We wear the mask that grins and lies,
It hides our cheeks and shades our eyes,—
This debt we pay to human guile;
With torn and bleeding hearts we smile,
And mouth with myriad subtleties.

Why should the world be over-wise,
In counting all our tears and sighs?
Nay, let them only see us, while
We wear the mask.

We smile, but, O great Christ, our cries
To thee from tortured souls arise.
We sing, but oh the clay is vile
Beneath our feet, and long the mile;
But let the world dream otherwise,
We wear the mask!

 

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Yes, it can happen here

There are a few memorable books that I read during my childhood that had profound influence on my social and political consciousness. Sinclair Lewis’ novel It Can’t Happen Here was one that I’ve never forgotten. The book was published during the rise of fascism in Europe and chronicles corporate-Fascist take over of the United States following the election of Berzelius “Buzz” Windrip, a demagogue who promotes discord and division, but who promises dramatic economic and social reforms while promoting a return to patriotism and “traditional” values. After his election, Windrip takes complete control of the government and imposes totalitarian rule with the help of a ruthless paramilitary force called the Minute Men. The book’s plot centers on journalist Doremus Jessup’s opposition to the new regime and his subsequent struggle against it as part of a liberal rebellion.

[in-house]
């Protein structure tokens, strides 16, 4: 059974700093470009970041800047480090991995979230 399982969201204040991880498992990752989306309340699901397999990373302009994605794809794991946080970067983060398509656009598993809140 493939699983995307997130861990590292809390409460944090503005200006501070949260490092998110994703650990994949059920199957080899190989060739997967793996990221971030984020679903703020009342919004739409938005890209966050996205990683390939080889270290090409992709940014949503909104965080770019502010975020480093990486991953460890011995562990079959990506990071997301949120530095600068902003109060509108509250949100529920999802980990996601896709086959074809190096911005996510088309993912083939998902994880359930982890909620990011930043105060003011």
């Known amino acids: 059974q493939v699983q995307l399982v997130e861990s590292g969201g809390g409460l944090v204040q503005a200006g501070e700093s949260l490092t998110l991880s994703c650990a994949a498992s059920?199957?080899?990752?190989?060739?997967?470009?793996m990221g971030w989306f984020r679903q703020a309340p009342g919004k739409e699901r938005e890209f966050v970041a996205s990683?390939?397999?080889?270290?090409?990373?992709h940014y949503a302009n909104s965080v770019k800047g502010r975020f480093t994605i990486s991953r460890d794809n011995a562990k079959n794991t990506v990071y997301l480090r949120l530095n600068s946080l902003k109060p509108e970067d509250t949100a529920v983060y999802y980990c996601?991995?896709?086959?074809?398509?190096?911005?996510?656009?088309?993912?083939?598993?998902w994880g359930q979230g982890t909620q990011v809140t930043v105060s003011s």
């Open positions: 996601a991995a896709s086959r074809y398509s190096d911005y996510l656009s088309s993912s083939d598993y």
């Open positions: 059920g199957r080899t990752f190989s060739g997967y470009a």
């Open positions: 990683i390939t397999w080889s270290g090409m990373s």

This 85 year-old novel seems all too timely in the era of Trump and his neo-Fascist minions. It’s comforting to know that the book community has stepped-up to our Il Duce wannabe by publishing both novels and non-fiction aiming to raise political consciousness. The printing and bookbinding community has also been active in combating the rise of Fascism. One of the best examples has been the creation of dramatic new editions of Lewis’ prescient novel by eminent bookbinder Richard Minsky.

Minsky used some of his own blood, which is spattered on the spine and cover, and matched the color of the fresh blood with acrylic paint for most of the panel. The blood has turned brownish over time, so the acrylic maintains the illusion of immediacy.